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Joel Ceausu – The Suburban LJI Reporter

Joel DeBellefeuille says the city and the Office municipal d’habitation de Montréal (OMHM) should be ashamed about a vacant Loyola building.

The issue with 5210 Walkley goes back years, says the former municipal candidate. “There has not been the slightest change in the progress of this dwelling since lawn cutting, trimming of bushes and trees and siding installed in August 2021.”

As reported in The Suburban, DeBellefeuille served notice to the city that summer, charging Montreal violated its citizen charter obligations by allowing the property to languish in disrepair, posing possible threats to the safety and well-being of residents. Within days, cleaning and repair crews were on site.

He’s again sounding the alarm over the decrepit property, writing to the OMHM, Montreal Mayor Valérie Plante, CDN-NDG Borough Mayor Gracia Kasoki Katahwa, Loyola councillor Despina Sourias and others.

Annual OMHM major work budgets are around $81 million, and if all goes well, says the OMHM’s Mathieu Vachon, “Chester could receive the necessary budgets towards the end of 2025, or earlier if possible.” Generally, the prioritization of work must be done annually according to allocated budgets.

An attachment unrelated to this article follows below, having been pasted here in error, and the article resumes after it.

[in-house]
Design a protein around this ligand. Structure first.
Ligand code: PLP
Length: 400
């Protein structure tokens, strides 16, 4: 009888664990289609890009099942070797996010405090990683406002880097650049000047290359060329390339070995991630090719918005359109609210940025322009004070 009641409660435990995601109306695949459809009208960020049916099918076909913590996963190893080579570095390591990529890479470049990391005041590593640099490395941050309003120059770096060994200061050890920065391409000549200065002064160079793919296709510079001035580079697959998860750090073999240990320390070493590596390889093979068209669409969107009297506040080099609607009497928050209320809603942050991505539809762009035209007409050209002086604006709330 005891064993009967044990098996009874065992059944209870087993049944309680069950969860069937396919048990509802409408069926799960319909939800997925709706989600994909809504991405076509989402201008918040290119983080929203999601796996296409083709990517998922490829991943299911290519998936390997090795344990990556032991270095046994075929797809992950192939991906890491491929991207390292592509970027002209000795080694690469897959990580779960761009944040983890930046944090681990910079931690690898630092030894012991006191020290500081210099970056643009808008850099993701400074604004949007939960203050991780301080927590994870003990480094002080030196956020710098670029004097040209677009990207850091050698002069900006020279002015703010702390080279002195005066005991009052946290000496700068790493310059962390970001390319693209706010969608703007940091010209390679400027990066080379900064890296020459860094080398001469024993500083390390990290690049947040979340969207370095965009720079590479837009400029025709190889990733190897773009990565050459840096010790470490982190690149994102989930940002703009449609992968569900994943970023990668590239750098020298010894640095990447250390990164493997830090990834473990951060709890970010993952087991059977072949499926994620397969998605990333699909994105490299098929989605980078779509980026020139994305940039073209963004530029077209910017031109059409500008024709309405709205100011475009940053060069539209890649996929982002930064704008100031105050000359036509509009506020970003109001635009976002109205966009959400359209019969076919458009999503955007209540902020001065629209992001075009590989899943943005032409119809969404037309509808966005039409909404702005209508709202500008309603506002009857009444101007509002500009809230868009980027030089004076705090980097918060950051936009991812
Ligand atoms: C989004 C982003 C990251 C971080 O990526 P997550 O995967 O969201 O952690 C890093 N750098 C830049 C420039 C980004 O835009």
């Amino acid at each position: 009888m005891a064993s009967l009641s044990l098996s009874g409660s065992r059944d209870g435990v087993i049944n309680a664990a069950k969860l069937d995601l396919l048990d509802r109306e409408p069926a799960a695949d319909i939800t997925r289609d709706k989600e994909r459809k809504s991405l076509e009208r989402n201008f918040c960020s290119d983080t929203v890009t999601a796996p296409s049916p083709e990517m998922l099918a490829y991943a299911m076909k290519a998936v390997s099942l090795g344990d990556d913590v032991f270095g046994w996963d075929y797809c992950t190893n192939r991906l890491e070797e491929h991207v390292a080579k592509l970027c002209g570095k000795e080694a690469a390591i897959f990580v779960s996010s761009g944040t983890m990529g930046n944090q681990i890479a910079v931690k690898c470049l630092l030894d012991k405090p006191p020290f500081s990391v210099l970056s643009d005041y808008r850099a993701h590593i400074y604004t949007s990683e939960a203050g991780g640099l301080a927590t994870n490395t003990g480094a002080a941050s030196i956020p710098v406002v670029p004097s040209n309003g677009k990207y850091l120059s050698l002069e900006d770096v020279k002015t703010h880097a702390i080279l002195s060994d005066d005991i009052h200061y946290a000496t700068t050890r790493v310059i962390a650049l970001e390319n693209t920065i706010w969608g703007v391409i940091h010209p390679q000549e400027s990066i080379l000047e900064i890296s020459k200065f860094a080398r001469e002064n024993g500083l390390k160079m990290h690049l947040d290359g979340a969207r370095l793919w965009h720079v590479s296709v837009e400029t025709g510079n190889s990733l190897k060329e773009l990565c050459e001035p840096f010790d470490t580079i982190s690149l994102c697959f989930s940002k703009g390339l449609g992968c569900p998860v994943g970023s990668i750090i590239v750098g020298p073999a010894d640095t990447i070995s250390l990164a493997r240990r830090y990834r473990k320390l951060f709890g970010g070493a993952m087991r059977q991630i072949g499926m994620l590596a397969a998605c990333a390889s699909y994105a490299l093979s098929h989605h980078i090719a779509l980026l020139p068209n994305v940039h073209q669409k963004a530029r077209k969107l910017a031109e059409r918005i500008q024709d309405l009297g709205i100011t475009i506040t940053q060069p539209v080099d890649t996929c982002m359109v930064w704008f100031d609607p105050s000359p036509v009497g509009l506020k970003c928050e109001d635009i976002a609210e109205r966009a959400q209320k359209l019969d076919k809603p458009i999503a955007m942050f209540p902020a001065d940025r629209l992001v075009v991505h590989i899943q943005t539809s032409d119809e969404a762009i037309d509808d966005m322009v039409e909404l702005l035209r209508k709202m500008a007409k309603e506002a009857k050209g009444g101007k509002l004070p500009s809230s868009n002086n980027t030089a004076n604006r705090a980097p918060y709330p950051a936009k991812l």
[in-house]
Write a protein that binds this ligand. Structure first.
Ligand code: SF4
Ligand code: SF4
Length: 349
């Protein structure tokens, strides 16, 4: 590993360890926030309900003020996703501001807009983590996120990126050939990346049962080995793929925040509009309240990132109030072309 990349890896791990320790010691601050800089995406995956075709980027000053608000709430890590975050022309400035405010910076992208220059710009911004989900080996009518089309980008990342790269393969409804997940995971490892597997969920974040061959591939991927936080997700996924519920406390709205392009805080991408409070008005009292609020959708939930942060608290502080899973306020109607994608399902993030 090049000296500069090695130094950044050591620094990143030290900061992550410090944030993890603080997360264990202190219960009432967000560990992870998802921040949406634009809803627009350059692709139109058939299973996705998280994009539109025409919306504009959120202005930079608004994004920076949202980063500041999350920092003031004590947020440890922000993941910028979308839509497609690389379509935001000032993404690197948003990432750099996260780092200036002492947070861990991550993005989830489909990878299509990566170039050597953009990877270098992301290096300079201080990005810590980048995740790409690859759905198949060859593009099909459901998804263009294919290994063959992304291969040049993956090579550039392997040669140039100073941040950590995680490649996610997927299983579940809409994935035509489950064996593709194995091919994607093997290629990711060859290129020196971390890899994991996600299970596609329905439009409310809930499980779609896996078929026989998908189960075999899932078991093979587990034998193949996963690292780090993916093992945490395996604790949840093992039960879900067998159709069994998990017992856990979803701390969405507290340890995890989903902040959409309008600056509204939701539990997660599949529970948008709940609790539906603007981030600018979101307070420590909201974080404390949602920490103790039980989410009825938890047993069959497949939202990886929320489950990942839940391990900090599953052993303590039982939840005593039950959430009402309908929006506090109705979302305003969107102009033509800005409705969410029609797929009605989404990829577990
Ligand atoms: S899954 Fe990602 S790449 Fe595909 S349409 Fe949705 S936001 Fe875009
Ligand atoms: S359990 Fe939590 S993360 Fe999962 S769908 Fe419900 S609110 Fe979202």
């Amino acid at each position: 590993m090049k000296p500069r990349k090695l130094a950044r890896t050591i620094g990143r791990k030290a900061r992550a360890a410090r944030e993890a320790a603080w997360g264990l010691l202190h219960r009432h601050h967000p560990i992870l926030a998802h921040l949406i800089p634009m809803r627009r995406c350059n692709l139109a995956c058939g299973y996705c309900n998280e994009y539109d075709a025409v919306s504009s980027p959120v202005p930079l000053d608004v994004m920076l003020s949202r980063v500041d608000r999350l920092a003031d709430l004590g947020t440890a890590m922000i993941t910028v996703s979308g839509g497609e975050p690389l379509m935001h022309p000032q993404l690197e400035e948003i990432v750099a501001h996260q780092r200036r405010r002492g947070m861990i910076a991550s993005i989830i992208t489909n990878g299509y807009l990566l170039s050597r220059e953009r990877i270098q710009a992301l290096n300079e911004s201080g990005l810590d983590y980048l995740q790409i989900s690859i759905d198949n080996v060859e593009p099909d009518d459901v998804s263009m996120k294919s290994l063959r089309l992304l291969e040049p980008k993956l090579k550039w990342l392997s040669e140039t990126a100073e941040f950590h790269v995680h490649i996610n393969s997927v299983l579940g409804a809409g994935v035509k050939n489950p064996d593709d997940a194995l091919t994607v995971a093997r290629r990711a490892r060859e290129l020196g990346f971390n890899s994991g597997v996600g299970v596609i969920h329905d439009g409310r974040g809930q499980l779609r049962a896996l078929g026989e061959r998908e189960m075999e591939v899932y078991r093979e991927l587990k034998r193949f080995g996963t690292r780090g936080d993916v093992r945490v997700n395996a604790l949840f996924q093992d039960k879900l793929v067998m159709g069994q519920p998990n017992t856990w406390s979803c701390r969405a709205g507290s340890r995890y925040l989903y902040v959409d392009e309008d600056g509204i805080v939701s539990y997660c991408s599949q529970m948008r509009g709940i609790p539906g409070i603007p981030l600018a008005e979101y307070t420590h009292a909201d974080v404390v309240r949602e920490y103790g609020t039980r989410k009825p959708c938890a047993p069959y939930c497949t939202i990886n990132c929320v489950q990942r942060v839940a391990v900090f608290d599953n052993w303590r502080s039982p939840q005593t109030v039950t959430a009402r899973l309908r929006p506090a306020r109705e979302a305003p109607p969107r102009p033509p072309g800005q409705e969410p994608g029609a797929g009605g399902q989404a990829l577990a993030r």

DeBellefeuille says annual budgets in the tens of millions with none left for long-neglected Walkley “speaks volumes.” A call for tenders was launched in 2019 for Habitations Chester but the OMHM could not prioritize it with available budgets and work did not take place.

The founder of the Red Coalition anti-racism group called the situation “unacceptable, especially in the current context of the housing crisis… It also shows the lack of will of the city to build bridges with members of the black and racialized community living in the neighbourhood. The OMHM is complicit in this failure.”

In NDG last November, Plante said cash for crumbling properties is coming and cited Ville Marie borough’s 300 shuttered accommodations: “It’s a shame,” she said, “but the will is there, and the money will be there.” At that meeting, resident Rodney Davide said it’s an insult. “A middle finger in our faces. Empty government housing with fences in the middle of a neighbourhood? NDG has to wait until 2025?”

At CDN-NDG borough council this month, local leadership was criticized for lack of progress in housing, and the Mayor’s inability to provide the number of local housing units built or renovated in recent years.

Plante’s office says city inspectors do everything necessary to ensure site security, adding “historical underfunding by governments in maintenance of low-income housing is no secret. OMHM buildings have a significant maintenance deficit, which can unfortunately lead to buildings being evacuated and barricaded.”

The $100 million joint investment by Quebec and Ottawa announced in May 2021 was “the first of several steps in the right direction. We are sensitive to the situation of citizens whose neighbourhoods are affected by barricaded buildings.” n

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